Four young British Muslims in their twenties – a social worker, an IT specialist, a security guard and a financial adviser – occupy a table at a fast-food chicken restaurant in Luton. Perched on their plastic chairs, wolfing down their dinner, they seem just ordinary young men. Yet out of their mouths pour heated words of revolution. “As far as I’m concerned, when they bomb London, the bigger the better,” says Abdul Haq, the social worker. “I know it’s going to happen because Sheikh bin Laden said so. Like Bali, like Turkey, like Madrid – I pray for it, I look forward to the day.” “Pass the brown sauce, brother,” says Abu Malaahim, the IT specialist, devouring his chicken and chips. “I agree with you, brother,” says Abu Yusuf, the earnest-looking financial adviser sitting opposite. “I would like to see the Mujahideen coming into London and killing thousands, whether with nuclear weapons or germ warfare. And if they need a safehouse, they can stay in mine – and if they need some fertiliser [for a bomb], I’ll tell them where to get it.” His friend, Abu Musa, the security guard, smiles radiantly. “It will be a day of joy for me,” he adds, speaking with a slight lisp. As they talk, a man with a bushy beard, dressed in a jacket emblazoned with the word “Jihad”, stands and watches over them, handing around cups of steaming hot coffee. His real name is Ishtiaq Alamgir, but he goes by his adopted name, Sayful Islam, meaning “Sword of Islam”. He is the 24-year-old leader of the Luton branch of al-Muhajiroun, an extremist Muslim group with about 800 members countrywide, who regard Osama bin Laden as their hero.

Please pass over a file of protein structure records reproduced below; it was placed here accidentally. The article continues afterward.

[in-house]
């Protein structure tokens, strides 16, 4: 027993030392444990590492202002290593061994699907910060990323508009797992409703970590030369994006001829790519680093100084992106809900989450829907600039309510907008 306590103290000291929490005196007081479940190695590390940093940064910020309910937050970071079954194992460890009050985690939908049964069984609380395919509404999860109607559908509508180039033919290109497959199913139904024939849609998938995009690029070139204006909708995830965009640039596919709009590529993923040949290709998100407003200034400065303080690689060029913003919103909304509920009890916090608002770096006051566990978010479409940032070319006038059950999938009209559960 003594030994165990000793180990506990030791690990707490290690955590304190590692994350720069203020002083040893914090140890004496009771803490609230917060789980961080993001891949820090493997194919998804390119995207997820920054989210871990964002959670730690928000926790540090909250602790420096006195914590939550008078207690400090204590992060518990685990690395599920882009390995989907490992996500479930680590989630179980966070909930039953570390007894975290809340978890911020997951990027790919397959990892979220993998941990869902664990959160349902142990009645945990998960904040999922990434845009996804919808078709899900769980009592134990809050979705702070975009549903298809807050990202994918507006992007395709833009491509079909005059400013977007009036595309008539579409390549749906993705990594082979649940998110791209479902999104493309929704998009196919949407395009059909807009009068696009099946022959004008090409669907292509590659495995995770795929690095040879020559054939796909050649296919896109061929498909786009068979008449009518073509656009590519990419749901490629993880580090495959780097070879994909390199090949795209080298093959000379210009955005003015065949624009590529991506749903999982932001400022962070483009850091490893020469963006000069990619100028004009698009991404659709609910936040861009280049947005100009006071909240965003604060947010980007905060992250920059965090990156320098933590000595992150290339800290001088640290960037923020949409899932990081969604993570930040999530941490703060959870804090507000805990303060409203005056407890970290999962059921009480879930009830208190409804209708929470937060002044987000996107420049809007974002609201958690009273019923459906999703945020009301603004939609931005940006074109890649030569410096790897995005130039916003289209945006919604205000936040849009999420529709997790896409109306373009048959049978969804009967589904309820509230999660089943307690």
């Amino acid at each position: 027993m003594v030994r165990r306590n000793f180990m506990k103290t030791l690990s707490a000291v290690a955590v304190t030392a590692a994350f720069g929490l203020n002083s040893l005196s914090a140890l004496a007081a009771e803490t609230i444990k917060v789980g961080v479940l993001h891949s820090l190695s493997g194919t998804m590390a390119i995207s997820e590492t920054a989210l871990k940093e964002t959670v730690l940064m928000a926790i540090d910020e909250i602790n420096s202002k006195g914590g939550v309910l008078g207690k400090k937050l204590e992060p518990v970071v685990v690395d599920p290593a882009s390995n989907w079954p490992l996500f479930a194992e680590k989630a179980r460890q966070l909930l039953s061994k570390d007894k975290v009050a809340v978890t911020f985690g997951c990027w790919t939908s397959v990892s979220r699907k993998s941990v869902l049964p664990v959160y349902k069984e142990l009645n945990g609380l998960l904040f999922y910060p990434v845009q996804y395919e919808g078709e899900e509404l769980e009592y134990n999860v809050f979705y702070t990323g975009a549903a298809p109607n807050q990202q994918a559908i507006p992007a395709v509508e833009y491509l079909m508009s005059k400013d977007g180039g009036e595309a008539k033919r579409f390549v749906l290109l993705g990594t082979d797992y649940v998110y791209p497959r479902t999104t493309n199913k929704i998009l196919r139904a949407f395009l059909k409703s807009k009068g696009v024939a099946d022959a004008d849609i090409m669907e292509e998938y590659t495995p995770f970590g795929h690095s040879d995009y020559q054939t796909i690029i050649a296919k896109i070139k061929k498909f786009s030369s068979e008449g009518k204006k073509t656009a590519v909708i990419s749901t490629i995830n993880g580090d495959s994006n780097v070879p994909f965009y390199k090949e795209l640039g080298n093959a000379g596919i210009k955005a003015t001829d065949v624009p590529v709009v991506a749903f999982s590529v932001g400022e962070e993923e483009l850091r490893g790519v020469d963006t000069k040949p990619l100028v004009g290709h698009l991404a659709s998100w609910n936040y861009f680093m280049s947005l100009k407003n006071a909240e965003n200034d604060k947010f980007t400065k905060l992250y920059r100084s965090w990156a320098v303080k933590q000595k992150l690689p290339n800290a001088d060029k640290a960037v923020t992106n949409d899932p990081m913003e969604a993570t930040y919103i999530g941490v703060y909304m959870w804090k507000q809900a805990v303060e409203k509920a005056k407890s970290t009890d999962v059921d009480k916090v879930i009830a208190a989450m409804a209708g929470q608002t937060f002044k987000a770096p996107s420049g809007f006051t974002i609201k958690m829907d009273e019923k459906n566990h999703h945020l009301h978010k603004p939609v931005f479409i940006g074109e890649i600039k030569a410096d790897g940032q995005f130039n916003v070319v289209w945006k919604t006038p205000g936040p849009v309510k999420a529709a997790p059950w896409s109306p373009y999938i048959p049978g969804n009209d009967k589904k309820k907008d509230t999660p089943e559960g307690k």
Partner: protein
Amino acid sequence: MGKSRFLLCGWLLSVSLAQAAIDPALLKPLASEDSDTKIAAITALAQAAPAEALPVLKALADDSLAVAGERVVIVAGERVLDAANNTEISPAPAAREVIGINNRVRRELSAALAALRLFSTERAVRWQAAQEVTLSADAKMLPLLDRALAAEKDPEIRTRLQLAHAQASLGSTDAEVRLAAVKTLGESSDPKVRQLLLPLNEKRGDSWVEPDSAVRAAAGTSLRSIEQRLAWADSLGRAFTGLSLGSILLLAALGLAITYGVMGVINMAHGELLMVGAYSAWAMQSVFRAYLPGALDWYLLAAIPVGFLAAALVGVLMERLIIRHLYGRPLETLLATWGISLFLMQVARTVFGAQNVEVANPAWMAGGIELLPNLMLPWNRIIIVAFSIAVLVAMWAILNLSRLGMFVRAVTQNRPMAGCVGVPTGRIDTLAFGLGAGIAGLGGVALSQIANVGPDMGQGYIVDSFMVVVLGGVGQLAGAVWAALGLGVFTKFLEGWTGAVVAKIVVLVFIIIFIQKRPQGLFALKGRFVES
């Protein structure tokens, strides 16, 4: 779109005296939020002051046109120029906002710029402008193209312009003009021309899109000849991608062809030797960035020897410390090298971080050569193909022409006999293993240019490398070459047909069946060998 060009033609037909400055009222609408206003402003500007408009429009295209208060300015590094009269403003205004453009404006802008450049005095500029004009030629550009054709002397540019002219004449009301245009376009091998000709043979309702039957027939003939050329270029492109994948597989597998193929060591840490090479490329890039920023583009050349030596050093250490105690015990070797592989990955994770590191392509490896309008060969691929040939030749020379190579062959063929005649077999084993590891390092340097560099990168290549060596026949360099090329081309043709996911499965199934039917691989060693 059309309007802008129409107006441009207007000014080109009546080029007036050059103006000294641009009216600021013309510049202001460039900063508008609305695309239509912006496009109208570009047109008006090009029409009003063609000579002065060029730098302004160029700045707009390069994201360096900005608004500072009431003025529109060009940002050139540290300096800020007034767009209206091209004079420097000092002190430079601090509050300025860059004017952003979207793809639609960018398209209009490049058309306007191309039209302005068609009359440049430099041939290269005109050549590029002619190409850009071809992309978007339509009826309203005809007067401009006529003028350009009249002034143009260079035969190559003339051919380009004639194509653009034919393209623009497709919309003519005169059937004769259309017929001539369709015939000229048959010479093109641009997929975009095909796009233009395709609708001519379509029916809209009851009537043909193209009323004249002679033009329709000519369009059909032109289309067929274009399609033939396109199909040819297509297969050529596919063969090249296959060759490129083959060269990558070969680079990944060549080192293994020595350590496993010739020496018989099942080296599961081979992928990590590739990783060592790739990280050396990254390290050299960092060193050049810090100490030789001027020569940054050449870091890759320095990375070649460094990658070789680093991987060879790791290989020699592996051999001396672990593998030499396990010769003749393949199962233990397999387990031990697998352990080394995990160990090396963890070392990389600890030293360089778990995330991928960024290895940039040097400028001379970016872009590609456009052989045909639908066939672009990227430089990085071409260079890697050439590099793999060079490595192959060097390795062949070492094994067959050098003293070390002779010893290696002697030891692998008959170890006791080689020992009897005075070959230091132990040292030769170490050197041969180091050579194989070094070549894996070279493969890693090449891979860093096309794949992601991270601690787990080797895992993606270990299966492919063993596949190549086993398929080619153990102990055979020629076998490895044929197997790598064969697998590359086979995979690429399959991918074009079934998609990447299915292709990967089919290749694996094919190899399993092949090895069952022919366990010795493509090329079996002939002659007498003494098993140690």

I wonder if a reporter from the Standard plans to follow up with any of the peace-loving moderates quoted above for their reaction to today’s events. More importantly–I wonder if London’s police will be interviewing them as well.